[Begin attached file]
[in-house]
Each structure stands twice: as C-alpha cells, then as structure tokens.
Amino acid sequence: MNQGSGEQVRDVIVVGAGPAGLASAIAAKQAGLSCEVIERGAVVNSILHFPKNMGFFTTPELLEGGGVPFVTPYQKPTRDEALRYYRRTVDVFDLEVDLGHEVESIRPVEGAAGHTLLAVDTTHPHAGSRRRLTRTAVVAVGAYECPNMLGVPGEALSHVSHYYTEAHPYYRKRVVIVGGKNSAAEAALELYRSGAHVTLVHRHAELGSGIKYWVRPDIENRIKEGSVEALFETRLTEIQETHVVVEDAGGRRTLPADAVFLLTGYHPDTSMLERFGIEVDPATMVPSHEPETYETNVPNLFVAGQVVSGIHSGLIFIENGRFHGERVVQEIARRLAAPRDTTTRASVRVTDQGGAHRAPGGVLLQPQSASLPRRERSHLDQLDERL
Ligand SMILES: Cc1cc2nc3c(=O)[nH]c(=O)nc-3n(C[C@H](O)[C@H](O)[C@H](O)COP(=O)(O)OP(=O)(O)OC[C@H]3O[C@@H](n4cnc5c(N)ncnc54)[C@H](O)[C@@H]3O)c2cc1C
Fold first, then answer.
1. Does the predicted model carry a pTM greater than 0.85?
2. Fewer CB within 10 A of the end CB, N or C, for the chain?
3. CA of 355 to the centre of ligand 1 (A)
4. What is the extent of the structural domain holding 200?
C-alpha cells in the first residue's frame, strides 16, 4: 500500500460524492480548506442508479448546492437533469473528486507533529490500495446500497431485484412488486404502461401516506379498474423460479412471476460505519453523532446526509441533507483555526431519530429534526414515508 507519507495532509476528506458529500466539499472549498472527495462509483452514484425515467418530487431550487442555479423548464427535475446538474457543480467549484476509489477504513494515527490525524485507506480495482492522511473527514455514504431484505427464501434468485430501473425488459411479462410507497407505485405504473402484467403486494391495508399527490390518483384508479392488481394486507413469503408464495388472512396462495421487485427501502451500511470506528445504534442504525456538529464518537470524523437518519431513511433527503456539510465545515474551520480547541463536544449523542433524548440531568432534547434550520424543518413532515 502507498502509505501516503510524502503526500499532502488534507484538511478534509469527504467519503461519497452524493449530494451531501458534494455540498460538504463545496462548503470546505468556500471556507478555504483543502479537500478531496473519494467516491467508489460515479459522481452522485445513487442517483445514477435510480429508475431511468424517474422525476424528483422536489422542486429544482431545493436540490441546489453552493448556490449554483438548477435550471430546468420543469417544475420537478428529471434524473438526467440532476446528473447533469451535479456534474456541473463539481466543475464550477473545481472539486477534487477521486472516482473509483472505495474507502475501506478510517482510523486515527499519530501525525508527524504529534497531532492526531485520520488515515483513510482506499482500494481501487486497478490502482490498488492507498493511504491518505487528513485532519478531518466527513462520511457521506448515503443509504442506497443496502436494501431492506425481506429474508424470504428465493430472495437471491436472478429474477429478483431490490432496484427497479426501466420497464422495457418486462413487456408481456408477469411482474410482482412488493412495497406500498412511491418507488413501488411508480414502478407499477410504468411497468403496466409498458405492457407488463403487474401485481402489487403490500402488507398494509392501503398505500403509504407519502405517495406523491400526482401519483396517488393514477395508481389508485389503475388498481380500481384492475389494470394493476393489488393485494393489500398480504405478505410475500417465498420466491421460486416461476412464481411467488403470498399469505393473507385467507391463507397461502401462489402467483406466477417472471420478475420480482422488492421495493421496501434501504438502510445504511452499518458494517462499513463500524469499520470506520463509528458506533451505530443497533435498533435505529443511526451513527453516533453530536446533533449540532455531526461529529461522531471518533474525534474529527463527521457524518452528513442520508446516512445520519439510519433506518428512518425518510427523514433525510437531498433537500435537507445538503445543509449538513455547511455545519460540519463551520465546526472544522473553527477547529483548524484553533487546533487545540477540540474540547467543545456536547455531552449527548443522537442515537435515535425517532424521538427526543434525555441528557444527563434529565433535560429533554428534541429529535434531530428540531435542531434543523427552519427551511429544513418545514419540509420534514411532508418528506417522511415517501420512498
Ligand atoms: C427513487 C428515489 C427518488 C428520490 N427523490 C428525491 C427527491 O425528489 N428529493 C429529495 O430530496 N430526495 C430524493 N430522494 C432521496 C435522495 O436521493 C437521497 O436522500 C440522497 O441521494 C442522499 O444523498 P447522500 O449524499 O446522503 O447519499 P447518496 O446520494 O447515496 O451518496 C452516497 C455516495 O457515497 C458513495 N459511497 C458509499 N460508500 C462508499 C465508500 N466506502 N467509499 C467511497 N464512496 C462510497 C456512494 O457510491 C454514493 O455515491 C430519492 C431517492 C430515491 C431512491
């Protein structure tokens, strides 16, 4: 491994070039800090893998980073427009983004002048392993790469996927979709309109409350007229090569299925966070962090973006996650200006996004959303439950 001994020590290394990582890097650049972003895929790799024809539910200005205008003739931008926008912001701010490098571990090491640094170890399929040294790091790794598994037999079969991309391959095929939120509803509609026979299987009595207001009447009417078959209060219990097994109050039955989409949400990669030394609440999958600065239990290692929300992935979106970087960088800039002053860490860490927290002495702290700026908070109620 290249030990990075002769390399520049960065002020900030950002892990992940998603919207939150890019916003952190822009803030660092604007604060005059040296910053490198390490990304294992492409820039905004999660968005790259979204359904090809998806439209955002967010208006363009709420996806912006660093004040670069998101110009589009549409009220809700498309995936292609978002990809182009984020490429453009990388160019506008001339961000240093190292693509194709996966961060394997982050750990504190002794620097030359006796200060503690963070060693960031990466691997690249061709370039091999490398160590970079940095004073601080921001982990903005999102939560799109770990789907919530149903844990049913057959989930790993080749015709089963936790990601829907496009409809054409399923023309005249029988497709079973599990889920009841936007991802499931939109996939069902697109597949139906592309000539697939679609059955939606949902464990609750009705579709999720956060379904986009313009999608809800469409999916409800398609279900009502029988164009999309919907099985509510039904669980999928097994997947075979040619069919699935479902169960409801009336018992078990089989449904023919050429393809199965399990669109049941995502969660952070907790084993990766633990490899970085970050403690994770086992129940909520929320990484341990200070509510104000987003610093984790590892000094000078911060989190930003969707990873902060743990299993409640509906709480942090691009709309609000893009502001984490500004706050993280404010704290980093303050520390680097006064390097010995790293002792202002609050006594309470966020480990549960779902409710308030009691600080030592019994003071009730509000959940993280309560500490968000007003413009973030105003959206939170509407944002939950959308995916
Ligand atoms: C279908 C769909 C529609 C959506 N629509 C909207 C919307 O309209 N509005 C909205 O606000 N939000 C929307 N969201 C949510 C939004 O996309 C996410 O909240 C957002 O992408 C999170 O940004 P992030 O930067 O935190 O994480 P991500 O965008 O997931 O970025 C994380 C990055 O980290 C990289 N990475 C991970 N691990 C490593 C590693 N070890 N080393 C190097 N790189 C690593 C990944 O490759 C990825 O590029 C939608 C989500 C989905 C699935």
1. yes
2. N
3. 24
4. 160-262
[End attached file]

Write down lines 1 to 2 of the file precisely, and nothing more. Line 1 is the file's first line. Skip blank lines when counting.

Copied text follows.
[in-house]
Each structure stands twice: as C-alpha cells, then as structure tokens.